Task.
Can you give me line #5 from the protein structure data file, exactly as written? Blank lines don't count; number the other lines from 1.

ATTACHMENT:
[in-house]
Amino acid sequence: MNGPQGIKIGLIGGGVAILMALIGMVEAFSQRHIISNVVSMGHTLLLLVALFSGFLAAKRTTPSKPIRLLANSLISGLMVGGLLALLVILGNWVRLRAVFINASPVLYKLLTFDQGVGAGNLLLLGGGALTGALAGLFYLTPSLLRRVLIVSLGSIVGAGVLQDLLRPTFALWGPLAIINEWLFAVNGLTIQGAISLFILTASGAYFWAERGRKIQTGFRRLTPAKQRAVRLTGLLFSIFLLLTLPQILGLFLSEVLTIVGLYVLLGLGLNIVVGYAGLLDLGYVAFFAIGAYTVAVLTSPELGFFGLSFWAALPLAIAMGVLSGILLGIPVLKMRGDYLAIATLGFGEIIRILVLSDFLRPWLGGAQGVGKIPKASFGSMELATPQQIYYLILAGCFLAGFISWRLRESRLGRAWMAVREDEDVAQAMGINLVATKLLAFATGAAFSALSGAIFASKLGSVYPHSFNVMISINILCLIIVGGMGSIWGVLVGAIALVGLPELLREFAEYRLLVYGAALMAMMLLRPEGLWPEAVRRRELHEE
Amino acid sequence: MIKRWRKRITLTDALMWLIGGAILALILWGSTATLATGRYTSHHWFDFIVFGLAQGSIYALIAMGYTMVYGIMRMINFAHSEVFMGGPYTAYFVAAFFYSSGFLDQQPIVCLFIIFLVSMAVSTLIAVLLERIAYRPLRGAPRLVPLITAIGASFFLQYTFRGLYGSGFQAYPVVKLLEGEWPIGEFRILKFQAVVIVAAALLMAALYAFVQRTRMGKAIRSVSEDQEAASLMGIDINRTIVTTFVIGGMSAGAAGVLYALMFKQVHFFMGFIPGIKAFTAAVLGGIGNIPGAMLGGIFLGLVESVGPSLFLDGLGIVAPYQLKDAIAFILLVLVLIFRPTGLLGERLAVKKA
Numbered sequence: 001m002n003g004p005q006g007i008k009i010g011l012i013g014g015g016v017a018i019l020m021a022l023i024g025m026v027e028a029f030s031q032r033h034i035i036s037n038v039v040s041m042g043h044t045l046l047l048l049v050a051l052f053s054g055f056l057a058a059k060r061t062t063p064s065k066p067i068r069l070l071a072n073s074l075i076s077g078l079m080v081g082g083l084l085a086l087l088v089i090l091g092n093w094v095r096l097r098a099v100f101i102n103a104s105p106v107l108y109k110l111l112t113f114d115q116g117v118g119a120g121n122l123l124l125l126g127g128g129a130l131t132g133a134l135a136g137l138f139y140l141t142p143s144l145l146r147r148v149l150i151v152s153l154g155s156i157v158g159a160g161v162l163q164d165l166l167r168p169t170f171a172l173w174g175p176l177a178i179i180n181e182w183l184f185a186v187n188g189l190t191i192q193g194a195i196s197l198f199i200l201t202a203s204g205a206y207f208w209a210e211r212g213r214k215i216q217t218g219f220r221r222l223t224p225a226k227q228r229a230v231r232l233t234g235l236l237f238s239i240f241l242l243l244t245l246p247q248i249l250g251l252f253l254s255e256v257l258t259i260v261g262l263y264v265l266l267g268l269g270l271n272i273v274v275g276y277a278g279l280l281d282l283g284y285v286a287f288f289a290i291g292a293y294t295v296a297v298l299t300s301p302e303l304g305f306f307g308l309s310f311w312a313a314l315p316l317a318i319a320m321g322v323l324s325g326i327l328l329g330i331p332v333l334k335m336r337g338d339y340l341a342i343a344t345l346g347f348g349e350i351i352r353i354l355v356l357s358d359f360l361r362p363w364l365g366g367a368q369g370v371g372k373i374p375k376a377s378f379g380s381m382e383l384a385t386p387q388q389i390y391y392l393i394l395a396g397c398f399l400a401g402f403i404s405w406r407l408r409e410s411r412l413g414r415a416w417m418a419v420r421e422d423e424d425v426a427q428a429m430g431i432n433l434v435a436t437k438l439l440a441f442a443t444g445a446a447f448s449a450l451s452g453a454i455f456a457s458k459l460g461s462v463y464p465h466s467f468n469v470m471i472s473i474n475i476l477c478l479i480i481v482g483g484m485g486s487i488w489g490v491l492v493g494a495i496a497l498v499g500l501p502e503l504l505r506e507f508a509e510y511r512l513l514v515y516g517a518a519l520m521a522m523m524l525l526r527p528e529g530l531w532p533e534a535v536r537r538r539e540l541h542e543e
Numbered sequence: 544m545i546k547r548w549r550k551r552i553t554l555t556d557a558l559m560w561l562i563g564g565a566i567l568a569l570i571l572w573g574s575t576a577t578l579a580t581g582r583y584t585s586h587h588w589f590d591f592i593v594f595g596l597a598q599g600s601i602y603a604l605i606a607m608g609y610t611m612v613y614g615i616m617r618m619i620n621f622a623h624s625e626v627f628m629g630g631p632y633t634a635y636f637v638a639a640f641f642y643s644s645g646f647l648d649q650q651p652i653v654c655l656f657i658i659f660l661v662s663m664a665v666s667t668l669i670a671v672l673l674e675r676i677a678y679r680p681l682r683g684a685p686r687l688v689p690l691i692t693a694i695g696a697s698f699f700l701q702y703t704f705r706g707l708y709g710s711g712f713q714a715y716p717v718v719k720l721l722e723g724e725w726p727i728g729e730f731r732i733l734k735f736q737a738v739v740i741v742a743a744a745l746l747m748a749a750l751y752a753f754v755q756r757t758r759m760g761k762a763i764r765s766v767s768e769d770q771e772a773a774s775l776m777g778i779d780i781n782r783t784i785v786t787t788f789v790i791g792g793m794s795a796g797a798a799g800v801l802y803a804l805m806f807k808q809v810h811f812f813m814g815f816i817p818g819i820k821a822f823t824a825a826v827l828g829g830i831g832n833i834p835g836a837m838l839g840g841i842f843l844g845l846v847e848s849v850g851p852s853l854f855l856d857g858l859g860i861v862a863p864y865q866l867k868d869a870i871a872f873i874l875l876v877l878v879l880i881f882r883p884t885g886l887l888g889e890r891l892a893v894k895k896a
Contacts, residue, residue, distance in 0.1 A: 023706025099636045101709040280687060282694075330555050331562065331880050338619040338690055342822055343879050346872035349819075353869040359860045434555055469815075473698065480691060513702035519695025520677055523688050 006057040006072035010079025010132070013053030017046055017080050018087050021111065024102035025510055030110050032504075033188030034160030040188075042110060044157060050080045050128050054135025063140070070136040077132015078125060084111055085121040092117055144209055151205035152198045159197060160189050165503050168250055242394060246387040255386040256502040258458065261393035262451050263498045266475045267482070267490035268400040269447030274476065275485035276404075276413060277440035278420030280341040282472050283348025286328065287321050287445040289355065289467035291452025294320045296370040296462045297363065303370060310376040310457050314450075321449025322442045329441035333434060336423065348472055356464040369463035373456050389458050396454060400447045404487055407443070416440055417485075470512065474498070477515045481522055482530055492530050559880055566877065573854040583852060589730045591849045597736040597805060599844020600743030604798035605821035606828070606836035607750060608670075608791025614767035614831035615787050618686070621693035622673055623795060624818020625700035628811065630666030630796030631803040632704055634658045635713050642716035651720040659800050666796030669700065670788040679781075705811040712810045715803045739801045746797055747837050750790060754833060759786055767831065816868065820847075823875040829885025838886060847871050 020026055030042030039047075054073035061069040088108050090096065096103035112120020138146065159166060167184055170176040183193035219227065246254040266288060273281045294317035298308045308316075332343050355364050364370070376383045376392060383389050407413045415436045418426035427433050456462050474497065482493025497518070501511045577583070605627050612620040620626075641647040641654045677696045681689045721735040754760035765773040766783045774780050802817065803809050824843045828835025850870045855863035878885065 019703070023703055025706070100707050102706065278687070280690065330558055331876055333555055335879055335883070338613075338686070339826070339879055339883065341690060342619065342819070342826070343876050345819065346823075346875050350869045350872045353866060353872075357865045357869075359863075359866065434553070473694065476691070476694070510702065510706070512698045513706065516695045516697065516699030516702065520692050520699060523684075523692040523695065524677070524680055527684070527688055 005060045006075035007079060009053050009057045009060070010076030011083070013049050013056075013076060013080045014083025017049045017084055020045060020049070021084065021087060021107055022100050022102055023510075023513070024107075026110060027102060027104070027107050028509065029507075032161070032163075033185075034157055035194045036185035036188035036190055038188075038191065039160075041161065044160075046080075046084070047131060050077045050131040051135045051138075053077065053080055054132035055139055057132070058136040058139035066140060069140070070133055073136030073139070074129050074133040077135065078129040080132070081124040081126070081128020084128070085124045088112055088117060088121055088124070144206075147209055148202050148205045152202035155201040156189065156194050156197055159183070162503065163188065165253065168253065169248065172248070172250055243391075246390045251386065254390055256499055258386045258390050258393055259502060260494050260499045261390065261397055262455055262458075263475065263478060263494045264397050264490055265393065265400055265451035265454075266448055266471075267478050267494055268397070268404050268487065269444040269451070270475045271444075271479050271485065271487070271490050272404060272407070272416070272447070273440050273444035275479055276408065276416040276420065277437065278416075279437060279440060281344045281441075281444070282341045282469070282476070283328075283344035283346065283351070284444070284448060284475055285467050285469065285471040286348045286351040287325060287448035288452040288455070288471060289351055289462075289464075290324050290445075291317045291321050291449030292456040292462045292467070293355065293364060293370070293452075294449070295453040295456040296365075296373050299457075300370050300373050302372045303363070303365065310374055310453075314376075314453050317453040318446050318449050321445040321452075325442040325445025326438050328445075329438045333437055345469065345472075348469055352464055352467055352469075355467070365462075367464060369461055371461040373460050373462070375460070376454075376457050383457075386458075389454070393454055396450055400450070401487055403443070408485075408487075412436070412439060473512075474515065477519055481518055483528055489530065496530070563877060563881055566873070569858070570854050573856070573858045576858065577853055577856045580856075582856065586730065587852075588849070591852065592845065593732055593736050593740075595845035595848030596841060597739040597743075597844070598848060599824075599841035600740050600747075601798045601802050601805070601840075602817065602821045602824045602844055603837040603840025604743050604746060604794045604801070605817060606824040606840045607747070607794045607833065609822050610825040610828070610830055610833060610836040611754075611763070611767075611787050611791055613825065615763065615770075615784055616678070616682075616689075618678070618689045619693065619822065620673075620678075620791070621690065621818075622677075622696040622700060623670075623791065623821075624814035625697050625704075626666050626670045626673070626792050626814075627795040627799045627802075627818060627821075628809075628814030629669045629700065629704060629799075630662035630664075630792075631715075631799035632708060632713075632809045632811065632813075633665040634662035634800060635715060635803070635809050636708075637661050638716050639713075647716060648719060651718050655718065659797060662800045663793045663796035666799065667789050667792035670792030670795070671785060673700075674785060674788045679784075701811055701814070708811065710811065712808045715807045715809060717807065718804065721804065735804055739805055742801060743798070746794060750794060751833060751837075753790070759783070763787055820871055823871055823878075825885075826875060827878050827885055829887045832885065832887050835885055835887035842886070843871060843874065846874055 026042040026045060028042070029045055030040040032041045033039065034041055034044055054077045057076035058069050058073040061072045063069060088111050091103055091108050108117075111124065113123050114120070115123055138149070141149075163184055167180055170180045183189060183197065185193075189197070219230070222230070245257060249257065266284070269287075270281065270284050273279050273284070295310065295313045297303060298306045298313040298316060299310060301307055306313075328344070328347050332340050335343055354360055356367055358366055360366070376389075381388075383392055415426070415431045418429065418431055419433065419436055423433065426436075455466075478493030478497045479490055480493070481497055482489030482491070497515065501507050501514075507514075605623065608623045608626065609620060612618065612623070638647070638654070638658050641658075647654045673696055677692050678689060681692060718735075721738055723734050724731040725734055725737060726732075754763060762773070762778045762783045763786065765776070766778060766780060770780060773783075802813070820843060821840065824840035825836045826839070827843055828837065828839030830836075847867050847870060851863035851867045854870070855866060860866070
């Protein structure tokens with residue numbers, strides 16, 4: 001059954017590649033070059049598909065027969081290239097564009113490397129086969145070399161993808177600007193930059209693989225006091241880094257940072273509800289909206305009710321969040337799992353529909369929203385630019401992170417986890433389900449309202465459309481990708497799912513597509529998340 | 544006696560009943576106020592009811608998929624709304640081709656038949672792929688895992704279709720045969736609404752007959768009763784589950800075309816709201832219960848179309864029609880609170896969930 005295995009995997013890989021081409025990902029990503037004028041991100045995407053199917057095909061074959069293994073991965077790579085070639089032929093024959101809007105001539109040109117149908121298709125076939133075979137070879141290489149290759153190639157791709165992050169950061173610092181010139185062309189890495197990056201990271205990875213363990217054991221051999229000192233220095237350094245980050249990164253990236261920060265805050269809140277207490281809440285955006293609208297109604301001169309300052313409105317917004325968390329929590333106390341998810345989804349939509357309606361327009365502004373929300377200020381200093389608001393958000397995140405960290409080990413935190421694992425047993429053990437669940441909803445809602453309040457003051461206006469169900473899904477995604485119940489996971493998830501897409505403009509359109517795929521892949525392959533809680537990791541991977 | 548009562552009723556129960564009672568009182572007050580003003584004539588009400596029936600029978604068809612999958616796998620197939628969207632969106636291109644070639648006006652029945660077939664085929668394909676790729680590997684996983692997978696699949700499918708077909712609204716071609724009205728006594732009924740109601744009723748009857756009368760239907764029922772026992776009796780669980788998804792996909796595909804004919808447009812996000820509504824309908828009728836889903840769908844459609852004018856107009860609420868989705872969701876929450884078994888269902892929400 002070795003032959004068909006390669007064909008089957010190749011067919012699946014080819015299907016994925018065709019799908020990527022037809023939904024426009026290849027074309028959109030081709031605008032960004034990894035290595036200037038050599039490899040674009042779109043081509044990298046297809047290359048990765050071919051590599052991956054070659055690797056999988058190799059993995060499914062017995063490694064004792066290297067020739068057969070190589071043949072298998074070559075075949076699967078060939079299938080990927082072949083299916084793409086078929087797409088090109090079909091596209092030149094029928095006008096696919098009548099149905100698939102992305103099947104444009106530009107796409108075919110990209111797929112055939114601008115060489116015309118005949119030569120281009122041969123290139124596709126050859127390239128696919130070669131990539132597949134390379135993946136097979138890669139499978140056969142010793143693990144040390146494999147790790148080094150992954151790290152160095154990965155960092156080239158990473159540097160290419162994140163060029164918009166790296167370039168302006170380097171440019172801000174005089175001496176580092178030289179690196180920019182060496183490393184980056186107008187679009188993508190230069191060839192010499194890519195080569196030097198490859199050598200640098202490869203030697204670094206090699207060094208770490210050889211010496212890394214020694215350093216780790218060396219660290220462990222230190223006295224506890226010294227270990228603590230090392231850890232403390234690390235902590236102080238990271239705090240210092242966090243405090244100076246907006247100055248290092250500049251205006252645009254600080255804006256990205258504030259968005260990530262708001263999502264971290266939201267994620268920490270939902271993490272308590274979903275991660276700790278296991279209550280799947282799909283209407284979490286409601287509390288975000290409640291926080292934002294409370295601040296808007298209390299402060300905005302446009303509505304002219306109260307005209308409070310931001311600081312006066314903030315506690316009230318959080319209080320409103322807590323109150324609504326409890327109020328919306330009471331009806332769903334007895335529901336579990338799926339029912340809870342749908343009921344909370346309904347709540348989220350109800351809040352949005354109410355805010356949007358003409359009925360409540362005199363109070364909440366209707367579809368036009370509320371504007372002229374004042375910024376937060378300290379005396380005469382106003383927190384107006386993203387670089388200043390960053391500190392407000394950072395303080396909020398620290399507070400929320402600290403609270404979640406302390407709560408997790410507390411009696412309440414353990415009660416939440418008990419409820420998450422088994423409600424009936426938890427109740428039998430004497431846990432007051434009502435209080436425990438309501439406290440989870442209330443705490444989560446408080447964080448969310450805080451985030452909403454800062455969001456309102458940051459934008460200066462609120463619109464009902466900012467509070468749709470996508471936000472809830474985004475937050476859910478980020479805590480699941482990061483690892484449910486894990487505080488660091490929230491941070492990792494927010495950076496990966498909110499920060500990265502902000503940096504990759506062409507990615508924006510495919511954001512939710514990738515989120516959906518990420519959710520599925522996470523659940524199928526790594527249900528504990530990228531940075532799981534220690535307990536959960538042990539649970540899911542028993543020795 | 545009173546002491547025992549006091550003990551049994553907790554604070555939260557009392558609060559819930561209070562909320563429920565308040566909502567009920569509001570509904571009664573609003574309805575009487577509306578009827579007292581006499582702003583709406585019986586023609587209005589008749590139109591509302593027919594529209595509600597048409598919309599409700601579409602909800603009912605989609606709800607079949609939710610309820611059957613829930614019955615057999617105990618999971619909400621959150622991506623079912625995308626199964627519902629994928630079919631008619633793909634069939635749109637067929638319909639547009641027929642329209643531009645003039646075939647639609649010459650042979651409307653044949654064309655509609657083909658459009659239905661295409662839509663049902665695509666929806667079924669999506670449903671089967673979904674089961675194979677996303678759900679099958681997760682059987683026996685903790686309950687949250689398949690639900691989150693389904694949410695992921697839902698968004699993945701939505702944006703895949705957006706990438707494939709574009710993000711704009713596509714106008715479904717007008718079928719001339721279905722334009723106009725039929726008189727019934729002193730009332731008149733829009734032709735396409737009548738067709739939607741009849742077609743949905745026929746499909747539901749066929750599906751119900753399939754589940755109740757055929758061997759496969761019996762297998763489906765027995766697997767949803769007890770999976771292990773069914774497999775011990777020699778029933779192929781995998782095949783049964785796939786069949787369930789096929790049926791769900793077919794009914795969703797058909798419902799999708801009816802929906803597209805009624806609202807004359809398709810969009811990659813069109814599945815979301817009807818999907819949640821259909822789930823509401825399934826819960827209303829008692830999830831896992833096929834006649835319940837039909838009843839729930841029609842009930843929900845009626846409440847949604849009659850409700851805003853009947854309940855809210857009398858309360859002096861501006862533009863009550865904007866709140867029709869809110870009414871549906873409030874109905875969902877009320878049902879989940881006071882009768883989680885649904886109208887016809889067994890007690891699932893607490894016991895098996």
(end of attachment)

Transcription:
Numbered sequence: 544m545i546k547r548w549r550k551r552i553t554l555t556d557a558l559m560w561l562i563g564g565a566i567l568a569l570i571l572w573g574s575t576a577t578l579a580t581g582r583y584t585s586h587h588w589f590d591f592i593v594f595g596l597a598q599g600s601i602y603a604l605i606a607m608g609y610t611m612v613y614g615i616m617r618m619i620n621f622a623h624s625e626v627f628m629g630g631p632y633t634a635y636f637v638a639a640f641f642y643s644s645g646f647l648d649q650q651p652i653v654c655l656f657i658i659f660l661v662s663m664a665v666s667t668l669i670a671v672l673l674e675r676i677a678y679r680p681l682r683g684a685p686r687l688v689p690l691i692t693a694i695g696a697s698f699f700l701q702y703t704f705r706g707l708y709g710s711g712f713q714a715y716p717v718v719k720l721l722e723g724e725w726p727i728g729e730f731r732i733l734k735f736q737a738v739v740i741v742a743a744a745l746l747m748a749a750l751y752a753f754v755q756r757t758r759m760g761k762a763i764r765s766v767s768e769d770q771e772a773a774s775l776m777g778i779d780i781n782r783t784i785v786t787t788f789v790i791g792g793m794s795a796g797a798a799g800v801l802y803a804l805m806f807k808q809v810h811f812f813m814g815f816i817p818g819i820k821a822f823t824a825a826v827l828g829g830i831g832n833i834p835g836a837m838l839g840g841i842f843l844g845l846v847e848s849v850g851p852s853l854f855l856d857g858l859g860i861v862a863p864y865q866l867k868d869a870i871a872f873i874l875l876v877l878v879l880i881f882r883p884t885g886l887l888g889e890r891l892a893v894k895k896a